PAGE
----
here is my easy way to calculate moon phase

int moon_phase(int y, int m, int d) { /* calculates the moon phase (0-7), accurate to 1 segment. 0 = > new moon. 4 => full moon. */ int c,e; double jd; int b; if (m < 3) { y--; m += 12; } ++m; c = 365.25*y; e = 30.6*m; jd = c+e+d-694039.09; /* jd is total days elapsed */ jd /= 29.53; /* divide by the moon cycle (29.53 days) */ b = jd; /* int(jd) -> b, take integer part of jd */ jd -= b; /* subtract integer part to leave fractional part of original jd */ b = jd*8 + 0.5; /* scale fraction from 0-8 and round by adding 0.5 */ b = b & 7; /* 0 and 8 are the same so turn 8 into 0 */ return b; }i developed this algorithm using floating point rather than integer for use in pocket calculators and only just managed to fit inside the fx-201p. an older, but integer formula is the following:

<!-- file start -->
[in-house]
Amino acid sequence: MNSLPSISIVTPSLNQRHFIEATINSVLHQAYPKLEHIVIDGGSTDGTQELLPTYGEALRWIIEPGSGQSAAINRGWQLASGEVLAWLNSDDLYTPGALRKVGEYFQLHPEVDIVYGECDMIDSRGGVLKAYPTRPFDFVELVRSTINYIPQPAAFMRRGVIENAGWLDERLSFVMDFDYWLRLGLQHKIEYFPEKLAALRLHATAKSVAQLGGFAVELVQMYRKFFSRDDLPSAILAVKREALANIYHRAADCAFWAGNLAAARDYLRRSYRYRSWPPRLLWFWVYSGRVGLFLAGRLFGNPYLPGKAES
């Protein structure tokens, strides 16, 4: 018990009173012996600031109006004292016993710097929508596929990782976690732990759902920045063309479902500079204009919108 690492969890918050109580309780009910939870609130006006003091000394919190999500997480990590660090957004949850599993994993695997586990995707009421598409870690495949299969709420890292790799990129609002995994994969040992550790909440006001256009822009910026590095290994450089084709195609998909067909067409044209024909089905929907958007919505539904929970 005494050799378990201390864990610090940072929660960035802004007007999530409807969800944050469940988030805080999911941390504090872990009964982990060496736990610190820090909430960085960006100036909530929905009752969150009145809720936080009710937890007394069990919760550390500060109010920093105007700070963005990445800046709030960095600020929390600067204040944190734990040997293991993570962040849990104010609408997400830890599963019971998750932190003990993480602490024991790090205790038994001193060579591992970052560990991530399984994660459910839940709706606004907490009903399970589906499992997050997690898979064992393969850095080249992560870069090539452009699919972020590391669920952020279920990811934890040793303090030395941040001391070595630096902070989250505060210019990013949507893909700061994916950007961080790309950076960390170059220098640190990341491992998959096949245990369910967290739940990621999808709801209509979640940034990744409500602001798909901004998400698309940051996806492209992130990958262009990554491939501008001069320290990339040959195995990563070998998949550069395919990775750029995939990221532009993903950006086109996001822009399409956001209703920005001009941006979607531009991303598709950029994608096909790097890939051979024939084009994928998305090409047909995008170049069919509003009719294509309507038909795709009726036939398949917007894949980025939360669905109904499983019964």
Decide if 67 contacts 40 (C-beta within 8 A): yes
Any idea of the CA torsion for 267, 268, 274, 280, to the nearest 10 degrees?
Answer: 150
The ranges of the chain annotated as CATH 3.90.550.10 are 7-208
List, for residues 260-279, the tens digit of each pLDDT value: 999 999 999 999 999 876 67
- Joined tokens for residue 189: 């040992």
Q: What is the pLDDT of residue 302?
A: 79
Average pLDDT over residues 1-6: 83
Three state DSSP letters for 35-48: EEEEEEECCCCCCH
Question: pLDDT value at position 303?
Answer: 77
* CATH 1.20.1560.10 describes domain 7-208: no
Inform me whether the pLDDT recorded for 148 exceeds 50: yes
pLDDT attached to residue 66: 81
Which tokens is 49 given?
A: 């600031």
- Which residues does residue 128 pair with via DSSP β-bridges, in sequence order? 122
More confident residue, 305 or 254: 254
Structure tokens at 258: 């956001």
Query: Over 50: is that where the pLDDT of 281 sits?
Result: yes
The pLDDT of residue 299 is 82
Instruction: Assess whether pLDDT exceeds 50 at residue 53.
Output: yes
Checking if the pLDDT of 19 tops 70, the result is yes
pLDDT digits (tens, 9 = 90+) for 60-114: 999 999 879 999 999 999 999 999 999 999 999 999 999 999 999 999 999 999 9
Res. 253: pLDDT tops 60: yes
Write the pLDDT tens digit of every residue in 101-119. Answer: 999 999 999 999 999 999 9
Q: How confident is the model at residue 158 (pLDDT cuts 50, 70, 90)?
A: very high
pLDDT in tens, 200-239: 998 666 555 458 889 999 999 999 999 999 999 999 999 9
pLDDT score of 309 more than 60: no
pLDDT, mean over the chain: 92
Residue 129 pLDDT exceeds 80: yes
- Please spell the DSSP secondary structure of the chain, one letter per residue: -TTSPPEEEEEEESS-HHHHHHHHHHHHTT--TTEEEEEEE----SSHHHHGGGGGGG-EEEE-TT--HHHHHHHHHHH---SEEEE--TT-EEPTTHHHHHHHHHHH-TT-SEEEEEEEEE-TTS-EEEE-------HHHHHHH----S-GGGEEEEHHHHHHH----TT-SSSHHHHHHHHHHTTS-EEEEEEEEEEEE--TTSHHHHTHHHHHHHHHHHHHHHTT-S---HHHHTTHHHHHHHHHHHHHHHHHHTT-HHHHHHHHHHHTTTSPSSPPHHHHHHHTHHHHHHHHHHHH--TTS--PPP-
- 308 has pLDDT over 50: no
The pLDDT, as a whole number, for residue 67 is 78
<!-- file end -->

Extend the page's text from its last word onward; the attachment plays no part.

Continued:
{

/*k

Calculates the moon phase (0-7), accurate to 1 segment.

0 = > new moon.

4 => Full moon.

*/

int g, e;

if (month == 1) --day;

else if (month == 2) day += 30;

else // m >= 3

{

day += 28 + (month-2)*3059/100;

// adjust for leap years

if (!(year & 3)) ++day;

if ((year%100) == 0) --day;

}

g = (year-1900)%19 + 1;

e = (11*g + 18) % 30;

if ((e == 25 && g > 11) || e == 24) e++;

return ((((e + day)*6+11)%177)/22 & 7);

}

both formulae are simplified to work from 1900 to 2199 inclusive. however, ive discovered that they disagree. consider september 23, 2002. the second formula claims this a full moon, the first does not. the moon is not full on this night so the first seems more accurate.

here is a command line pc program that is more accurate than the above for reference.

and here's another program to calculate the instant of full moon